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Smoking hot eyelashes

CHOICE says gluing on the latest lashes can leave you with more than a sparkle in your eye

5 December 2014

With everyone from Nicole Kidman to Lindsay Lohan lining up for the latest eyelash extensions, many unqualified and inexperienced practitioners are seeking to capitalise on this new beauty trend with sometimes alarming results for consumers. 

From horrible infections and chemical burns to permanent lash loss, eyelash extensions are not without risks and serious post-procedure complications.[1]   

“The main issue is lack of experience and training in applying the extensions which, in combination with a body part as delicate as the eye, can at times end in disaster”, says CHOICE investigative journalist, Kate Browne.[2] 

“The most important thing to do before considering the procedure is to do as much research as possible on the beauty business or salon and make sure the practitioner is professional and experienced.”

“Eyelash extensions are applied directly to the natural eyelash with a bonding agent and can last for up to six weeks. While it may be appealing to have longer, fuller eyelashes without mascara, complications arise when foreign bodies get into the eye and cause corneal ulcers,” Says Ms Browne.

“While the beauty industry is pushing to have a nationally recognised qualification for eyelash technicians next year, training is not currently a legal requirement in Australia. In theory, this means that anyone can set up a business or sideline in applying extensions.”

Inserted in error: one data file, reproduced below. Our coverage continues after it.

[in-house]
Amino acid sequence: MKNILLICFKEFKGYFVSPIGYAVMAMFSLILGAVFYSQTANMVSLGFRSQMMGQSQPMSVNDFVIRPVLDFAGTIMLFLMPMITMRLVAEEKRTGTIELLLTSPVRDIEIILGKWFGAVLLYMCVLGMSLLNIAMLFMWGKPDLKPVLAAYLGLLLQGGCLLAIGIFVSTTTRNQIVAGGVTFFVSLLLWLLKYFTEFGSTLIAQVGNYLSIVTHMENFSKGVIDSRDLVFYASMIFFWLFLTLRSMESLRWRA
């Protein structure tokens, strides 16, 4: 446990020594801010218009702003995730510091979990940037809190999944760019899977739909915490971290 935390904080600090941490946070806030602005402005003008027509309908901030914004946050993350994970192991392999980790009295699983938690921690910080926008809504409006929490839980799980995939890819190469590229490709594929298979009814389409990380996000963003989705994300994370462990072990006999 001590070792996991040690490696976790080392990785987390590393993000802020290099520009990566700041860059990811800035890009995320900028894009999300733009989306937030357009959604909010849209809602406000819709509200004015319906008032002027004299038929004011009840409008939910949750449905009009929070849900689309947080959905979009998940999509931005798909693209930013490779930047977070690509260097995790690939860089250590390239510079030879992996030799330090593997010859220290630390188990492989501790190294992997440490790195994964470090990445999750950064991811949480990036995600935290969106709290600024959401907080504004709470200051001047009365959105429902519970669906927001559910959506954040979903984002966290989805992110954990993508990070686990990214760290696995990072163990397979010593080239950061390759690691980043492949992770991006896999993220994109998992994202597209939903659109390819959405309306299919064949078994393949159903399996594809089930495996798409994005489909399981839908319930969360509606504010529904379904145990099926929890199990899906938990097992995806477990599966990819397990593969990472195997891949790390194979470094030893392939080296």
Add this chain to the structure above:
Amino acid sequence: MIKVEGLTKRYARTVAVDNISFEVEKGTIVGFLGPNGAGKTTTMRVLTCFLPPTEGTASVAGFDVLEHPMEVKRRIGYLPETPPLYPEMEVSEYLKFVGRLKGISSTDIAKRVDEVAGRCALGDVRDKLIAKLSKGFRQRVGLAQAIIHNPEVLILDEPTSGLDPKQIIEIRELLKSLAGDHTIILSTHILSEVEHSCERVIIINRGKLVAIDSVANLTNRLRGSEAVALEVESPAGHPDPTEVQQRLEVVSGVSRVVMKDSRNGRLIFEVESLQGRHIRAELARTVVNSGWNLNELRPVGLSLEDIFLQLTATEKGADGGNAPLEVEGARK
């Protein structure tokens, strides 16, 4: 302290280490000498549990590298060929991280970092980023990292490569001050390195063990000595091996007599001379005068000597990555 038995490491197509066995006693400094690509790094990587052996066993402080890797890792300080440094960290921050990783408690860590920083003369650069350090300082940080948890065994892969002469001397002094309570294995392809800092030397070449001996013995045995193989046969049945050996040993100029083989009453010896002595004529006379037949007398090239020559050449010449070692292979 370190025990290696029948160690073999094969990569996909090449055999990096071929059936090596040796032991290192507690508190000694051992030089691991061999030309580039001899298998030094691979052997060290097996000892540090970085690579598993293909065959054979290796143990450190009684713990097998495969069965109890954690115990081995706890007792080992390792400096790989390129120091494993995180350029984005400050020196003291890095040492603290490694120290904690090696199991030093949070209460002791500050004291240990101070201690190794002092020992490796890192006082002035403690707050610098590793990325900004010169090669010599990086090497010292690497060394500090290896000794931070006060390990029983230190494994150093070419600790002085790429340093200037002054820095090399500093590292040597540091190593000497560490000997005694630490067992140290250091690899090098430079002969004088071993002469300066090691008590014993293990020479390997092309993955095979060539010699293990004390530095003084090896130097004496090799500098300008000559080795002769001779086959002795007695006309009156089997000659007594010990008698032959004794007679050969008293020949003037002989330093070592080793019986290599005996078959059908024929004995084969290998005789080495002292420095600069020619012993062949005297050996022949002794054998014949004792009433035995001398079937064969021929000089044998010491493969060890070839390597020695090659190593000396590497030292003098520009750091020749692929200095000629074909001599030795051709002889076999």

“As a rule it’s best not to consider lash extensions if you have sparse lashes, cannot afford the time or money for regular maintenance, are allergy prone or have known allergies to an ingredient in the adhesive or are pregnant.”

CHOICE Tips

  • Look for a well-established practitioner or salon that provides lash extensions as their primary business.
  • Read the labels of the products being used to make sure that the adhesive is pharmaceutical grade and safe for use on the eye area. 
  • Opt for softer, lighter lashes such as mink so less tension is put on the hair follicle.
  • Make sure a fan is used to keep fumes out of your eyes throughout the procedure and that no adhesive residue is left on the lashes by the end.
  • Follow the aftercare advice given by the practitioner.
  • See a health professional immediately if you experience any discomfort or irritation.


[1] CHOICE magazine December 2014 – 34 - 35

[2] CHOICE magazine December 2014 – page 34 / 35

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